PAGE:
Robert Jenson, the late American theologian, was wrong about a lot. But he was often wrong in the right way. Jenson wasn’t afraid to follow through on the implications of some of Christianity’s most fundamental claims, even if led him down paths others would be wary of treading. If Jenson ends up entering the pantheon of the Church’s great teachers, it will be for his flaws as much as his successes.  

We are, Giola argues, entering a ‘post-entertainment culture’. We’re no longer seeking entertainment. We’re seeking distraction. 

One of the most helpful aspects of Jenson’s theology is on time. We often think of time as some sort of process, a way of moving through life and getting from A to B. However, Jenson stressed that time is a creature: a thing given existence by God, not just some neutral aspect of the universe to be taken for granted. God is without time and may have created us to be creatures without time, too. But God did create time and created us to live within time. This suggests we might learn something about human nature by reflecting on what it means to be creatures that inhabit time.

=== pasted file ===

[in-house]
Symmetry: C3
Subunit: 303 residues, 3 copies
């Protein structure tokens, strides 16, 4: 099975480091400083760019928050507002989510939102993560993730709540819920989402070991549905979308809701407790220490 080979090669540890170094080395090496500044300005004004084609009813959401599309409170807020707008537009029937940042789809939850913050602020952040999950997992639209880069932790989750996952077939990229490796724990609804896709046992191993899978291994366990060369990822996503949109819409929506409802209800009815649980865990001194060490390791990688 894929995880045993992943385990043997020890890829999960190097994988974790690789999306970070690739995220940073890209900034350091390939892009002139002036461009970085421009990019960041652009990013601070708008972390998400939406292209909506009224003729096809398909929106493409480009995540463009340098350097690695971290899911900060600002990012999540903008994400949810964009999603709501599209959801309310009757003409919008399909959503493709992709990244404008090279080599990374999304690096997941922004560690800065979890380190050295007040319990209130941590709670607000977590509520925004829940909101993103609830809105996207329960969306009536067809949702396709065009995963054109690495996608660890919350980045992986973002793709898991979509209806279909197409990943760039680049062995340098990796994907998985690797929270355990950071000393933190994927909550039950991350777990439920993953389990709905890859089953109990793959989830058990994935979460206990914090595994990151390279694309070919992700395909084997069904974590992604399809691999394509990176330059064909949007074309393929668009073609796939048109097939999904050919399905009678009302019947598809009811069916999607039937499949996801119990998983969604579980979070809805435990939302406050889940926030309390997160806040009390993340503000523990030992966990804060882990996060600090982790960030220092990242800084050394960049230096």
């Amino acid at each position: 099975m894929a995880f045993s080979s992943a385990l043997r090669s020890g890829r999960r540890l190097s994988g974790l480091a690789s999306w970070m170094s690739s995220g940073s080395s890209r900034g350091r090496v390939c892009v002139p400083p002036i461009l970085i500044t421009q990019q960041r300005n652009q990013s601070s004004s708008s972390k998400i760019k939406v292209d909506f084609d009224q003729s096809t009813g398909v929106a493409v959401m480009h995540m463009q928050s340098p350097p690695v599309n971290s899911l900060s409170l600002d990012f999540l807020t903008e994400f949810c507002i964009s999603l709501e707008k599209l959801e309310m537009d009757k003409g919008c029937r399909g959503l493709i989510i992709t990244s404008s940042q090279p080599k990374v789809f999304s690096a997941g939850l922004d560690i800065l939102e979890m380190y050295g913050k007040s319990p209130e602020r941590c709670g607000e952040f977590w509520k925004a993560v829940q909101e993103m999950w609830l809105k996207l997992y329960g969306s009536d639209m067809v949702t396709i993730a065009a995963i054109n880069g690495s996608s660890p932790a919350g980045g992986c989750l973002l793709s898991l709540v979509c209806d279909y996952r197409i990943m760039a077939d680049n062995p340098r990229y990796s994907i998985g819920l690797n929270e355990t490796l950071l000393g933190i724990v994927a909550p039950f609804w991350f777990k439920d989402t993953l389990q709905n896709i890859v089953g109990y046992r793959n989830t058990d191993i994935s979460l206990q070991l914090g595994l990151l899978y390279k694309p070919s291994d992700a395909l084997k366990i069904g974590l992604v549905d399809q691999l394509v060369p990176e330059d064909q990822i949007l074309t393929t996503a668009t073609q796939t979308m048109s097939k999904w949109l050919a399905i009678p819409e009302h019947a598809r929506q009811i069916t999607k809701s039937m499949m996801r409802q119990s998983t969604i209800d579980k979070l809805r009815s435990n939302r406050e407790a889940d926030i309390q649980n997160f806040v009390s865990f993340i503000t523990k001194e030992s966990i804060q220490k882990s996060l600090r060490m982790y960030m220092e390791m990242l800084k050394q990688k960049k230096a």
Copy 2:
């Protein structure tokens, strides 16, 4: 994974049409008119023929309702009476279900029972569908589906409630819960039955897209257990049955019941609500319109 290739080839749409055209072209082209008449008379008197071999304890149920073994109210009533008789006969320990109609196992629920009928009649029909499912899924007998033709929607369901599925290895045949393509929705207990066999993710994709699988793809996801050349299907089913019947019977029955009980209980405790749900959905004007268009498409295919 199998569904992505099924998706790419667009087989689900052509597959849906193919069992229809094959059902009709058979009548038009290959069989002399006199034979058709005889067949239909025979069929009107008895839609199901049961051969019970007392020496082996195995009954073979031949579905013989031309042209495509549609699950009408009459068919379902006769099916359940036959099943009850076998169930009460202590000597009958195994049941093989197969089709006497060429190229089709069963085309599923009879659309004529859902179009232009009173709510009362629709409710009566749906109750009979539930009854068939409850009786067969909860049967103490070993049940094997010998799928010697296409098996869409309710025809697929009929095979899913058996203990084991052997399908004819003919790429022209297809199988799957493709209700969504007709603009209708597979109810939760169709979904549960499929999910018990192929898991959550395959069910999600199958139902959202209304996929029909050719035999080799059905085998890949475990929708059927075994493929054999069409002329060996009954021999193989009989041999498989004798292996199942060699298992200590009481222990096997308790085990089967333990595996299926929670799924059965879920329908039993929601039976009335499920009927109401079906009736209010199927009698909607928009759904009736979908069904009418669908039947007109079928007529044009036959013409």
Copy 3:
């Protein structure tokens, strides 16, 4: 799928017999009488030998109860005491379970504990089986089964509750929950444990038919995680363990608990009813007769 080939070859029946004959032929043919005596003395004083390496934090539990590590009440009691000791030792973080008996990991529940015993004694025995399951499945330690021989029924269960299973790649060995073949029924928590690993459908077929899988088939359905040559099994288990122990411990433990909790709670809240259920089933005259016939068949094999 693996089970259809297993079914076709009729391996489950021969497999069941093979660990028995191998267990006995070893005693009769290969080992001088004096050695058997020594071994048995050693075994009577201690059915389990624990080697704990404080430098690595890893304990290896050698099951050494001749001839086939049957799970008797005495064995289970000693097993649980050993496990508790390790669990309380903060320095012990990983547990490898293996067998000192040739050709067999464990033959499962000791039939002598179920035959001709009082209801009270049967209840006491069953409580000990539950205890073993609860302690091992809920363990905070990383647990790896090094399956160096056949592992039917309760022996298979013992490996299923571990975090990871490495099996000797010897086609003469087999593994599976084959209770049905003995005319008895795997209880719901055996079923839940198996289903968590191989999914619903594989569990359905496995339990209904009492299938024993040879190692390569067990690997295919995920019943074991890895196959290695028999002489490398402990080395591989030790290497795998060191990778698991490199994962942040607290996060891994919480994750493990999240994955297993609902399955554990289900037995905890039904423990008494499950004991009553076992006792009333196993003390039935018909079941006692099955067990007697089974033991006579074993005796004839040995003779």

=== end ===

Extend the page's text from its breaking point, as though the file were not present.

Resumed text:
But time is so ubiquitous that we can’t think about time except as creatures within time. It is, in other words, like trying to bite your own teeth.   

Okay, great. Time is important. Big deal. Why should you care? Isn’t this just the sort of nonsense philosophers come up with to look busy? Well, this matters because our ability to think with and in time is under serious threat. And with it, our ability to flourish as creatures.